How people explain their own and others' behavior: A theory of lay causal explanations
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A theoretical model is proposed that specifies lay causal theories of behavior; and supporting experimental evidence is presented. The model’s basic assumption is that different types of behavior trigger different hypotheses concerning the types of causes that may have brought about the behavior. Seven categories are distinguished that are assumed to serve as both behavior types and explanation types: goals, dispositions, temporary states such as emotions, intentional actions, outcomes, events, and stimulus attributes. The model specifies inference rules that lay people use when explaining behavior (actions are caused by goals; goals are caused by higher order goals or temporary states; temporary states are caused by dispositions, stimulus attributes, or events; outcomes are caused by actions, temporary states, dispositions, stimulus attributes, or events; events are caused by dispositions or preceding events). Two experiments are reported. Experiment 1 showed that free-response explanations followed the assumed inference rules. Experiment 2 demonstrated that explanations which match the inference rules are generated faster and more frequently than non-matching explanations. Together, the findings support models that incorporate knowledge-based aspects into the process of causal explanation. The results are discussed with respect to their implications for different stages of this process, such as the activation of causal hypotheses and their subsequent selection, as well as with respect to social influences on this process.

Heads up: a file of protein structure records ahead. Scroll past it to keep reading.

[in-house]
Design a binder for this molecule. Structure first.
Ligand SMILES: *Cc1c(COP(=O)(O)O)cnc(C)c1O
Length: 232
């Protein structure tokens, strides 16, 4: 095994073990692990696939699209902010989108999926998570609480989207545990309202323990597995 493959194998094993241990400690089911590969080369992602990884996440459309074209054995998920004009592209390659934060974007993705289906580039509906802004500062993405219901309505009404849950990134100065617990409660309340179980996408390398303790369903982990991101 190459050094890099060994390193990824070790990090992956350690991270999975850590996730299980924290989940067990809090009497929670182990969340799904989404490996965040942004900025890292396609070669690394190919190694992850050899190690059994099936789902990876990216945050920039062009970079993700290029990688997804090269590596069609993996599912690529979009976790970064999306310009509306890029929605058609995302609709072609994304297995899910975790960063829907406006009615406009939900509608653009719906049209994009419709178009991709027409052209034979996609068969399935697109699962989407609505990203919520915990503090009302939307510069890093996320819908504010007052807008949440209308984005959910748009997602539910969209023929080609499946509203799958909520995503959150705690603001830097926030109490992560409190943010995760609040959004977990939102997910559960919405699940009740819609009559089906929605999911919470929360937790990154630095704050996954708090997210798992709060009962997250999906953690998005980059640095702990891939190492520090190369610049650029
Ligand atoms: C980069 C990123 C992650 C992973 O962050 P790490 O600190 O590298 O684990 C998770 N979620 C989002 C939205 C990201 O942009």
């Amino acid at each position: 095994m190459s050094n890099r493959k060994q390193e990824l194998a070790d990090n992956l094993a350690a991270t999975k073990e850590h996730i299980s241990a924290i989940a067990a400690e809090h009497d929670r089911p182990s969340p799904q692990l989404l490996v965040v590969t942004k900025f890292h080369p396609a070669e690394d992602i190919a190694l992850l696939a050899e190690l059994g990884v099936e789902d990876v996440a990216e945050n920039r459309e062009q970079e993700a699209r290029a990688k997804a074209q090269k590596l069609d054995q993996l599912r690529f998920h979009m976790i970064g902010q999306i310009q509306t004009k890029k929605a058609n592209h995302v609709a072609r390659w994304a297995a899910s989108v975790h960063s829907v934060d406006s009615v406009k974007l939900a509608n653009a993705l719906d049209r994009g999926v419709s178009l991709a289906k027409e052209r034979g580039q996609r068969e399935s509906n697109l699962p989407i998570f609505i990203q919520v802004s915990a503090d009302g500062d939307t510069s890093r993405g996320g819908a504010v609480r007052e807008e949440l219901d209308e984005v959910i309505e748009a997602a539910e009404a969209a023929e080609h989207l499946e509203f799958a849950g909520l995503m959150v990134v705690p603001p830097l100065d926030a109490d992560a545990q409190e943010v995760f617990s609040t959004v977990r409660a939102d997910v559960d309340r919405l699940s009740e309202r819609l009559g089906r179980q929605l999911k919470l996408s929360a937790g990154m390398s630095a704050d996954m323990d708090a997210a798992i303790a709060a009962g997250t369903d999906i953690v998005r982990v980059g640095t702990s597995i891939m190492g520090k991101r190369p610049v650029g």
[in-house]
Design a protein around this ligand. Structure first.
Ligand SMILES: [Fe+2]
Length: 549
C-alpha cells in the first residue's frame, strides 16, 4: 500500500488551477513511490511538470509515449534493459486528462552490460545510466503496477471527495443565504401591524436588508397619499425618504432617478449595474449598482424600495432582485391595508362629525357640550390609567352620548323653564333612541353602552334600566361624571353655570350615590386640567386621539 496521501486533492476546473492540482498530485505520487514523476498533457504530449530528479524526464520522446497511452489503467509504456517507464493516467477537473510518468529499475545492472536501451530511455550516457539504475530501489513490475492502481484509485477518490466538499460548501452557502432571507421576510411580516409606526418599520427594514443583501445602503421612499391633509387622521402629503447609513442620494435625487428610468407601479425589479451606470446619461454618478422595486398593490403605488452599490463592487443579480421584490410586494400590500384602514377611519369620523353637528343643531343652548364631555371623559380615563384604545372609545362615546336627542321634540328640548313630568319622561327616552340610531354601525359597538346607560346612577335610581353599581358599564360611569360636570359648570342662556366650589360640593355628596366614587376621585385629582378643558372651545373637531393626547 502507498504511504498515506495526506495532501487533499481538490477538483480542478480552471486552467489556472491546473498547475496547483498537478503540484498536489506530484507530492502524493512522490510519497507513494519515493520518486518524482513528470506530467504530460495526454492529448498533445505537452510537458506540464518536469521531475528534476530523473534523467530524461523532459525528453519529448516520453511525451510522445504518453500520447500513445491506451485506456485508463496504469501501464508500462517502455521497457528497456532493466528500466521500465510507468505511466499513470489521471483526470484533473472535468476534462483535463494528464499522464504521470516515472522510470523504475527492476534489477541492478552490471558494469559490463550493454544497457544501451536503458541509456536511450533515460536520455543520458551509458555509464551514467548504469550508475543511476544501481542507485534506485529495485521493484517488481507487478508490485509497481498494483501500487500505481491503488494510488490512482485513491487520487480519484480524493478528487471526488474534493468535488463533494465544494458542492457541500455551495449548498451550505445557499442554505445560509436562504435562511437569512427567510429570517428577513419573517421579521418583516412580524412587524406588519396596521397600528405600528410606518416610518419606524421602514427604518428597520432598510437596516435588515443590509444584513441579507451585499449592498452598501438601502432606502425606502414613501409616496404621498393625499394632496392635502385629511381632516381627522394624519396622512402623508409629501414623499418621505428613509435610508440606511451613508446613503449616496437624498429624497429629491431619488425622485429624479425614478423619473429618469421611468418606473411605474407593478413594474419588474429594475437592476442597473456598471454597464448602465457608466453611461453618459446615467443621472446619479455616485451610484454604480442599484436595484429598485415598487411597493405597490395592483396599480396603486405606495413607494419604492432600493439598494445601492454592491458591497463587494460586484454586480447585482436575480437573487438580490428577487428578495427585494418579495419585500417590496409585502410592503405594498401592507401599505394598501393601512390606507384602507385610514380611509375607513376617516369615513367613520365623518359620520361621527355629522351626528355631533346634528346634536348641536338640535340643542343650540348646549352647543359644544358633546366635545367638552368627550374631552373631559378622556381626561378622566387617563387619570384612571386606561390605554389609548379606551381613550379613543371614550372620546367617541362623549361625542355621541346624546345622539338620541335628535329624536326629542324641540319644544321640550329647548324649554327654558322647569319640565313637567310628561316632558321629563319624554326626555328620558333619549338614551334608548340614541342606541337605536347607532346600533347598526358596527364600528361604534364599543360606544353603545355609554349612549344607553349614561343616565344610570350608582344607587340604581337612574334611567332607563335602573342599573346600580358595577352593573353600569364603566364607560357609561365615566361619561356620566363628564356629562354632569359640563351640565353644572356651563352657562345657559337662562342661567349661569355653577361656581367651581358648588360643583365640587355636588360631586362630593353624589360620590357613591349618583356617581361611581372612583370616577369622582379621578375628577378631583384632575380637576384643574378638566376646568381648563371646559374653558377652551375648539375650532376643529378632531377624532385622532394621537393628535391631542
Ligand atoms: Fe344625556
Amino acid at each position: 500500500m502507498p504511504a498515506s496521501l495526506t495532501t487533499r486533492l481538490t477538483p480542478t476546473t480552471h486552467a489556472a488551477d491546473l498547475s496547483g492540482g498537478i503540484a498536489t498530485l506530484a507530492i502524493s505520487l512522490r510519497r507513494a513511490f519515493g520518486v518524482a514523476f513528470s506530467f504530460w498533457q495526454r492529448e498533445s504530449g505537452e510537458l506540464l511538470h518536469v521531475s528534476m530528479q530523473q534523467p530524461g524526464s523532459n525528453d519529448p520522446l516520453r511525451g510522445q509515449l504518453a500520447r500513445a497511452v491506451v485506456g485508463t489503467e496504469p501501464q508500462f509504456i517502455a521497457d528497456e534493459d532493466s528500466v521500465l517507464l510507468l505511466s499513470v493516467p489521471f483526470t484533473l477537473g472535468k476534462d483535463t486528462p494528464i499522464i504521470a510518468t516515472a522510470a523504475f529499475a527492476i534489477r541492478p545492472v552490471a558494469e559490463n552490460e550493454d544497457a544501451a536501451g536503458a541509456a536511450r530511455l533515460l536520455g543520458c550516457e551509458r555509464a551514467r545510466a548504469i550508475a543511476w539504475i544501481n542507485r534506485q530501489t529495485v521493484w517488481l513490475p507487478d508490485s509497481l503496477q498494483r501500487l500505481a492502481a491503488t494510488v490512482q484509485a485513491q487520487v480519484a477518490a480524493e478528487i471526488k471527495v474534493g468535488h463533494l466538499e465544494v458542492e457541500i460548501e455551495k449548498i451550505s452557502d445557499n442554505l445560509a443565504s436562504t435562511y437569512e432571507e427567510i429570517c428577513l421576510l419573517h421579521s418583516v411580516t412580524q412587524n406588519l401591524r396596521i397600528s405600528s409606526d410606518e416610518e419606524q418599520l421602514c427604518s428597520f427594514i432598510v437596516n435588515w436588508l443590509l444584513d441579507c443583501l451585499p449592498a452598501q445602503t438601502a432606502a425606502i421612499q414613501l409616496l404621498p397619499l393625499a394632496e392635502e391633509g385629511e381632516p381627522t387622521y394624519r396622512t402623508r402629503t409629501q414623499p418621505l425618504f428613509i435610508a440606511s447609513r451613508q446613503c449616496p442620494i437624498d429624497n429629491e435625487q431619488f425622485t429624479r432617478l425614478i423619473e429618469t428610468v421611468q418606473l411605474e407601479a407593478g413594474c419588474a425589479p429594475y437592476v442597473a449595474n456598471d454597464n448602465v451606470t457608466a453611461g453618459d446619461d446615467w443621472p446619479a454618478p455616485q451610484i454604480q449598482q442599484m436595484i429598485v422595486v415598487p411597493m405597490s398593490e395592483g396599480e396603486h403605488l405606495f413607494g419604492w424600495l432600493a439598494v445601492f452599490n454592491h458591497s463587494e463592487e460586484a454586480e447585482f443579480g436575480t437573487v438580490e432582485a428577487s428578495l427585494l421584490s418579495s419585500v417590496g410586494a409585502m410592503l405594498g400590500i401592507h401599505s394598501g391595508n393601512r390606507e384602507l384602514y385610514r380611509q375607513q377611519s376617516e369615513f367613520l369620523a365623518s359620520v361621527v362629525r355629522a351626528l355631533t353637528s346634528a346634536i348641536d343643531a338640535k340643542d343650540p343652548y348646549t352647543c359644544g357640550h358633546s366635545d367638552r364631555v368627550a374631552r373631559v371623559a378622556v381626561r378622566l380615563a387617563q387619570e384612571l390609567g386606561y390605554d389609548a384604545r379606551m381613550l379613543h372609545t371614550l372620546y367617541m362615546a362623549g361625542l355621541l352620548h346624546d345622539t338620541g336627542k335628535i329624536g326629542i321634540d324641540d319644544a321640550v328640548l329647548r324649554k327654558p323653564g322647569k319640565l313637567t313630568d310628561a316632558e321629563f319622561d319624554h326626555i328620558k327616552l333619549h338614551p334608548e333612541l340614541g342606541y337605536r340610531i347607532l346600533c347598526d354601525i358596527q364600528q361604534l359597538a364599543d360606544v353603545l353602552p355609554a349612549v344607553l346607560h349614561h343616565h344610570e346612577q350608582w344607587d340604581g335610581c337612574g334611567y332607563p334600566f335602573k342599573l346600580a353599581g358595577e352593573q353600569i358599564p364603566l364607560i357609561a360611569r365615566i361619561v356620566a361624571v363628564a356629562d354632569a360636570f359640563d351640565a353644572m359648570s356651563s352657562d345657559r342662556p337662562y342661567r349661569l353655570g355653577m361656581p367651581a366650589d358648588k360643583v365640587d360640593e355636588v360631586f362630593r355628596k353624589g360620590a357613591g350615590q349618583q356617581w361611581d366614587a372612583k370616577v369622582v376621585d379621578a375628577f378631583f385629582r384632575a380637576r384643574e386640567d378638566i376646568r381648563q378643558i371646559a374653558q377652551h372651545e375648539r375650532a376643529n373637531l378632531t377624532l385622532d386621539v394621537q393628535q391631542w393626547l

CitationFrontiers in Psychology 2015, 6:139
Copyright 2015 The Authors